Print Friendly, PDF & Email

ERIE, Pa. – Back in 2002, Gannon University men’s water polo was just a year old program at the varsity level still trying to establish itself. That’s when former player, Elliot Spaeder, came in and helped make a name for the Golden Knights in just its second year of action.

Recruited as a swimmer due to his high school All-America status, Spaeder also caught the eye of water polo coach Don Sherman and made an immediate impact for the team.

Spaeder posted 18 goals, 13 assists and 29 steals in his freshman campaign and continued to add to his totals over the four years. His career wrapped up in the 2005 season, and he finished with 61 goals, 62 assists and 131 steals through the four seasons. Spaeder’s 131 steals sits 11th on the all-time lists.

Since his water polo and swimming days at Gannon, Spaeder has remained in the Erie area and is a partial owner in his family’s company. He also picked up a hobby of running and became just the 16th person to swim across Lake Erie. Read on to hear more about what Spaeder had to say when he caught up with the Kayla Peterson of the Gannon media relations staff:

Peterson: What made you choose Gannon?
Spaeder: My brother went to Gannon and was a 2000 graduate. My mother was a graduate of Gannon and my father also attended Gannon. That was kind of the prime reason I was looking at the college. Then Coach Don Sherman, who has now since retired, was recruiting me to be part of the swimming and water polo teams. He made such a good pitch on getting me to go there that it really convinced me. And two of my teammates from high school joined me, which helped answer my question on where I was going to go to school. Recently, I came back for my MBA. I started in 2013 at just one class per semester, and I graduated in the spring of 2018.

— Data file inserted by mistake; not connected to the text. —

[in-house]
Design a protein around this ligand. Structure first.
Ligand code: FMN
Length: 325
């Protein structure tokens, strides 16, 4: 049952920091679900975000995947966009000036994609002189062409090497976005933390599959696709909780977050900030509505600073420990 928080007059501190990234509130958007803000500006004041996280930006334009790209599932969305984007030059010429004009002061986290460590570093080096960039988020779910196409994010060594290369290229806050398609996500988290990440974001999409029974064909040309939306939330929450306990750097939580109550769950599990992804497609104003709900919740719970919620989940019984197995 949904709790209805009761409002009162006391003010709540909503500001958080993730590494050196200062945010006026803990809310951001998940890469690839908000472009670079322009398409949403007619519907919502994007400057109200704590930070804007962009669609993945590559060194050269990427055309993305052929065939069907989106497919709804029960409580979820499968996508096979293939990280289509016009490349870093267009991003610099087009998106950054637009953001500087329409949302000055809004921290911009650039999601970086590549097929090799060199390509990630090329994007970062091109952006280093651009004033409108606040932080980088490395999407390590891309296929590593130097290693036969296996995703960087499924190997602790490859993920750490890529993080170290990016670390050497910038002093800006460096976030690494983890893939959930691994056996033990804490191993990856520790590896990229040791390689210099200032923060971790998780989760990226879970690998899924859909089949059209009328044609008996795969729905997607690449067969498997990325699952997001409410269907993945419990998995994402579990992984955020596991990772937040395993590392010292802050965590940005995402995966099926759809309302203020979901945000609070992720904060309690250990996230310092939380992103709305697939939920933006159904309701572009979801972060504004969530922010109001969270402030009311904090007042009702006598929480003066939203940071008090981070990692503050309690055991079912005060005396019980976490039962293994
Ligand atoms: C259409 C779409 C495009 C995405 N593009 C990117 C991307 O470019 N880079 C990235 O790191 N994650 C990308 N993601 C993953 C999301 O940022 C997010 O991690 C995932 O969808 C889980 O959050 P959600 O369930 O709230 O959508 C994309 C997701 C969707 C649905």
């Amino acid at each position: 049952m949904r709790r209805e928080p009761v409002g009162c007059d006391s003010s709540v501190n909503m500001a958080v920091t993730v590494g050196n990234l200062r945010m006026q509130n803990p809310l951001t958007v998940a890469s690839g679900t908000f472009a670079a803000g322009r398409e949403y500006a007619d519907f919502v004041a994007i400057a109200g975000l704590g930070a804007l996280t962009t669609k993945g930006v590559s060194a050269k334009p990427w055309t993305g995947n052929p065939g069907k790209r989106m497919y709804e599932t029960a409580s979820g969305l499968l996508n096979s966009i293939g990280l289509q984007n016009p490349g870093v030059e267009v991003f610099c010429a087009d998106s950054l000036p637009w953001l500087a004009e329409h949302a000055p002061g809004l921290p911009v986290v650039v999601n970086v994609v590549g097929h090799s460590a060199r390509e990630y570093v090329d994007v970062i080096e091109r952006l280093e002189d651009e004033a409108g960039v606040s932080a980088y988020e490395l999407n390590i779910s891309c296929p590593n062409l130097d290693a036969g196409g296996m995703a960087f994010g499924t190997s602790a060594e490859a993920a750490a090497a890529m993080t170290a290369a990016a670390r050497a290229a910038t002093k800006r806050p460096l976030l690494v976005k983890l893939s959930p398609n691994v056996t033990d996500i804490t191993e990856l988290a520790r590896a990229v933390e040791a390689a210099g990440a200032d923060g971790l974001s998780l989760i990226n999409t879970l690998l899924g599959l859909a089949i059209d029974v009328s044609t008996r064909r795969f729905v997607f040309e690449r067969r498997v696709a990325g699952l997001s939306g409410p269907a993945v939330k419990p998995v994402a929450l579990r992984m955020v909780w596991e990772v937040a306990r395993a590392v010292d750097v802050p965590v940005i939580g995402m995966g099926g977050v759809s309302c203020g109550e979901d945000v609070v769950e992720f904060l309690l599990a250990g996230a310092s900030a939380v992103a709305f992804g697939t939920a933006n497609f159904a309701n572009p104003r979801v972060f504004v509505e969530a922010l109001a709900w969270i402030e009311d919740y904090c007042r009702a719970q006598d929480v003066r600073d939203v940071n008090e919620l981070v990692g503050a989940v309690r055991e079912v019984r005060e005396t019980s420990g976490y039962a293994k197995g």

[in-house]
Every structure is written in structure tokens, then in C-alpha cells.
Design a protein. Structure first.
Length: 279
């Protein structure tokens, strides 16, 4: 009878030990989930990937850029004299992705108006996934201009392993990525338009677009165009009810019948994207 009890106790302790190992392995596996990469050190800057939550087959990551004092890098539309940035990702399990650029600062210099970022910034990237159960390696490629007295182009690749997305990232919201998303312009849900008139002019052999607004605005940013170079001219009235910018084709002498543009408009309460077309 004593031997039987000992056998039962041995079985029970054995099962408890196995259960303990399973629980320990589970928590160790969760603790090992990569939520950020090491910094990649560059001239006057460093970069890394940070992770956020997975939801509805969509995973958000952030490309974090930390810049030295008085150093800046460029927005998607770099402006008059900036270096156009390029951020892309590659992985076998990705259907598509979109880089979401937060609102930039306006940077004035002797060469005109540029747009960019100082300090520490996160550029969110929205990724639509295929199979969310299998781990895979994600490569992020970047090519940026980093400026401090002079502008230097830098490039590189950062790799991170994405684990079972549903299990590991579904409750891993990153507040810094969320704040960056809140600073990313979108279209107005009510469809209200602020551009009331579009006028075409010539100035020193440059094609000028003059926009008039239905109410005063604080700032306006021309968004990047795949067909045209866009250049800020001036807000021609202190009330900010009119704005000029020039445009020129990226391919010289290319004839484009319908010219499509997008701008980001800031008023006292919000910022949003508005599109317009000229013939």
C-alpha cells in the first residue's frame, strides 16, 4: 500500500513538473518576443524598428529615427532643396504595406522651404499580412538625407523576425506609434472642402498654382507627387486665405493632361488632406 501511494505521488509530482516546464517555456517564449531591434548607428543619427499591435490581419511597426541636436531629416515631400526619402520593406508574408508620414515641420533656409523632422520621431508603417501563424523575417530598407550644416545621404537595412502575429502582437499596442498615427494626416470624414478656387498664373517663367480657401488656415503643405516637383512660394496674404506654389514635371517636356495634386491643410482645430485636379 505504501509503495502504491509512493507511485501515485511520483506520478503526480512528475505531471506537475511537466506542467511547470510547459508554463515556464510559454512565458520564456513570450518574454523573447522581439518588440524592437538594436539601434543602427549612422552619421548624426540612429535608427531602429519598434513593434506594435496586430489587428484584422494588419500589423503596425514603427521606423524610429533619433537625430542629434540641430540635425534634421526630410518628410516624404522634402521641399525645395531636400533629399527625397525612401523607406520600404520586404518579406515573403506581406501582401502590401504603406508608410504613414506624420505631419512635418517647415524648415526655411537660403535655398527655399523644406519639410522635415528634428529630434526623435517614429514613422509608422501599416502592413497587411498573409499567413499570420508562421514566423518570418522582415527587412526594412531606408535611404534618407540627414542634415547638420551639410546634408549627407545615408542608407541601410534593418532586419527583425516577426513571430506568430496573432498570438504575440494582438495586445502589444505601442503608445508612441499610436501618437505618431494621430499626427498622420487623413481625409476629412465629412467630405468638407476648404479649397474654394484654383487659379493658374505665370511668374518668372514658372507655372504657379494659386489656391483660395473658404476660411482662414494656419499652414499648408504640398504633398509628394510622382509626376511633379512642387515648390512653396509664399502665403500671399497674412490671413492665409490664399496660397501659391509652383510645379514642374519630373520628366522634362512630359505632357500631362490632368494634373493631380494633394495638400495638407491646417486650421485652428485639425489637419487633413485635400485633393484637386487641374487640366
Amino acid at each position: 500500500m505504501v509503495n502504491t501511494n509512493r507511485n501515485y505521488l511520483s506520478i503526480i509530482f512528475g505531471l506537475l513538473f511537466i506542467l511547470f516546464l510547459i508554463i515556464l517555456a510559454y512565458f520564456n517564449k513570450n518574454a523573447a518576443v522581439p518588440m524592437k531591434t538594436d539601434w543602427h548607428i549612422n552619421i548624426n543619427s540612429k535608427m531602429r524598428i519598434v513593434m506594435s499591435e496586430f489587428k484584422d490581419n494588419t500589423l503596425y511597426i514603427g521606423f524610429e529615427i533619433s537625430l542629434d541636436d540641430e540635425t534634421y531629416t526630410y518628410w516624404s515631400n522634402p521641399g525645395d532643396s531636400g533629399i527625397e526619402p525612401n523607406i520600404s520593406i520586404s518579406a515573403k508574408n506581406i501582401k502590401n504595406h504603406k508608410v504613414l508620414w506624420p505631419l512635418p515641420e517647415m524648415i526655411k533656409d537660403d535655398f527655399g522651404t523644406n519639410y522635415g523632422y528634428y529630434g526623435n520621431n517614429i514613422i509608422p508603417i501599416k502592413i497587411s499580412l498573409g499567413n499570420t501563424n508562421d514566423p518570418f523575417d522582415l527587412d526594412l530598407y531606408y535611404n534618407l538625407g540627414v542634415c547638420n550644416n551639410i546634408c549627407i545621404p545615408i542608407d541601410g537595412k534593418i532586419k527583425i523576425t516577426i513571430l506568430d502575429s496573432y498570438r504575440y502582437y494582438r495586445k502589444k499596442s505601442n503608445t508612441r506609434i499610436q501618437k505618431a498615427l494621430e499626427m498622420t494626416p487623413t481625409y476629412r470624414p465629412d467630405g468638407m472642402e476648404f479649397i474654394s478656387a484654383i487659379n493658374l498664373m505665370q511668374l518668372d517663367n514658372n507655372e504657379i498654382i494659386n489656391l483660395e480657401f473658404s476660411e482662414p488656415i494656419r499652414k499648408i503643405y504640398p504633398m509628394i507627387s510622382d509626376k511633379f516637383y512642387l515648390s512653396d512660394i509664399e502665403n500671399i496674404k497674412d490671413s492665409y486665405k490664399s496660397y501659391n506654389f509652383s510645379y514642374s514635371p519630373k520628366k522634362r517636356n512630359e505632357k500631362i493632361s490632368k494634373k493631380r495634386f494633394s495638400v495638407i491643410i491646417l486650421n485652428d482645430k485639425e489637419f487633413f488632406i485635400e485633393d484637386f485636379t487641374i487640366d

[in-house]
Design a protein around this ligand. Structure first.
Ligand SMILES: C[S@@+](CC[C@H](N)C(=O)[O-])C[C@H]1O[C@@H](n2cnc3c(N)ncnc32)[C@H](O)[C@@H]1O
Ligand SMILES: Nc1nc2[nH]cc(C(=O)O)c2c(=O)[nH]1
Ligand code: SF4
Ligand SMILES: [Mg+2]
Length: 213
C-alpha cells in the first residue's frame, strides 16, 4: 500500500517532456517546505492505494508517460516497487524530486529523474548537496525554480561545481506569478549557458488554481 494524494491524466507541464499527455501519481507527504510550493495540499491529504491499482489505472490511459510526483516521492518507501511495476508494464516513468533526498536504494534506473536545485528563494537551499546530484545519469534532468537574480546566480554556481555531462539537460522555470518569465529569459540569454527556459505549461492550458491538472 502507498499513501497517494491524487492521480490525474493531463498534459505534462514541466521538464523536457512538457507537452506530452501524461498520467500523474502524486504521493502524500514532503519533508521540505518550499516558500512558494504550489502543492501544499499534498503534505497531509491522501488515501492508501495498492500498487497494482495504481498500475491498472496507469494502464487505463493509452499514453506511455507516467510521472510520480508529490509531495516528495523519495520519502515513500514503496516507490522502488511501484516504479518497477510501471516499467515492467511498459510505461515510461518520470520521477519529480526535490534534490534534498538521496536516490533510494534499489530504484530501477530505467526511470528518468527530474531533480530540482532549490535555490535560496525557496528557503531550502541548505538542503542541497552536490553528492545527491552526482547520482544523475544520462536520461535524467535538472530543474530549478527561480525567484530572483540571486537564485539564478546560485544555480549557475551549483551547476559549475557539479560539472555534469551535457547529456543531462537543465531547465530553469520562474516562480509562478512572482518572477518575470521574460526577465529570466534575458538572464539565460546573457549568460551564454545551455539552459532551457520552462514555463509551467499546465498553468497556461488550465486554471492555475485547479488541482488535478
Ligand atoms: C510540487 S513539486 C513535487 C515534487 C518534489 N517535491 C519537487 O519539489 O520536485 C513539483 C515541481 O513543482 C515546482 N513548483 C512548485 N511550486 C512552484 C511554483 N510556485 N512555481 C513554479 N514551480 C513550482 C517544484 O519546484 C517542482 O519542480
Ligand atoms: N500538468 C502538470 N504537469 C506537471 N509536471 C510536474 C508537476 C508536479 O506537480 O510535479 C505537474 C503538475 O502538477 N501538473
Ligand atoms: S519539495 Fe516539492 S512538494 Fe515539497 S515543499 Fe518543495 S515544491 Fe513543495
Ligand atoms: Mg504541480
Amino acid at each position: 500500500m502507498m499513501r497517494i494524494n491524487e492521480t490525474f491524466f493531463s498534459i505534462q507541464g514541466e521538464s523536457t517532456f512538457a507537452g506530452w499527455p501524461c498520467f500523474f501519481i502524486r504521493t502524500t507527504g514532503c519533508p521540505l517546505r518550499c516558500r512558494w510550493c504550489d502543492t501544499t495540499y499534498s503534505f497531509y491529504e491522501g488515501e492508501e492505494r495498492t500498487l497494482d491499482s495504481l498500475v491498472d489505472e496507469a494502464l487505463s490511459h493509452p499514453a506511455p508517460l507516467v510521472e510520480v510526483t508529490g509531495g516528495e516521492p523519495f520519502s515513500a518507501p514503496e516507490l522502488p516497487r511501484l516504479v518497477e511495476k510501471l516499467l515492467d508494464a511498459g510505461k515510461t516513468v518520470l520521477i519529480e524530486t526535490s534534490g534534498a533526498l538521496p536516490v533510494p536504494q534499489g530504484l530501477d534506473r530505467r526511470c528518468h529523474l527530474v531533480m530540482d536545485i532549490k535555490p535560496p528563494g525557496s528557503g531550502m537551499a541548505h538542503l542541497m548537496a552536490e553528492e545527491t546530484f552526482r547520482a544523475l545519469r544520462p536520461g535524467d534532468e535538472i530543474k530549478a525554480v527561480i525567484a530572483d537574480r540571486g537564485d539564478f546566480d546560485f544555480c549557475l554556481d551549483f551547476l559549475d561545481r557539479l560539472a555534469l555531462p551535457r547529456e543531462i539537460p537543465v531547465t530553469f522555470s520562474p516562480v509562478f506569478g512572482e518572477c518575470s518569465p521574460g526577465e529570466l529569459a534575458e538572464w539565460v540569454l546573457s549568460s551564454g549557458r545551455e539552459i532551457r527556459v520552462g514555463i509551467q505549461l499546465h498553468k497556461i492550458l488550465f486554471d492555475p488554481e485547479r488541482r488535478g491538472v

Peterson: Water polo was a fairly new sport when you started at Gannon. What was that like and how was it helping build the program?
Spaeder: The first Gannon water polo team my older brother played for and they were club water polo back then. I used to go watch the games back when I was younger. The year I was deciding where to go to school, another reason why I picked Gannon, they decided to go varsity water polo for men’s and women’s. So that was a pretty big reason on attending Gannon. The first year of the program I know the teams weren’t that successful and they had maybe one or two players that had any experience playing. When I went there with my recruiting class we brought in a ton of experience. We turned that program around almost instantaneously. Going from having only one or two players who even knew the game before to having a full team assembled of players. We had a pretty strong recruiting class that really helped booster the program. Out of the seven starters, four of them were freshman my freshman year including myself. It was a new program so everybody was new to us. We would go to these schools like Navy, Princeton, Bucknell, Johns Hopkins, George Washington and all these teams that were established before us. We’d show up and no one would know who Gannon was and the first game or two they saw we were pretty serious so it was fun. We shocked some of these teams and showed them that the little school could compete with some of the bigger teams. I’m still in really close touch with a lot of my teammates from Gannon. They’re some of my best friends still. Coach Sherman has been a lifelong mentor of mine and I’m still really close to Don, too.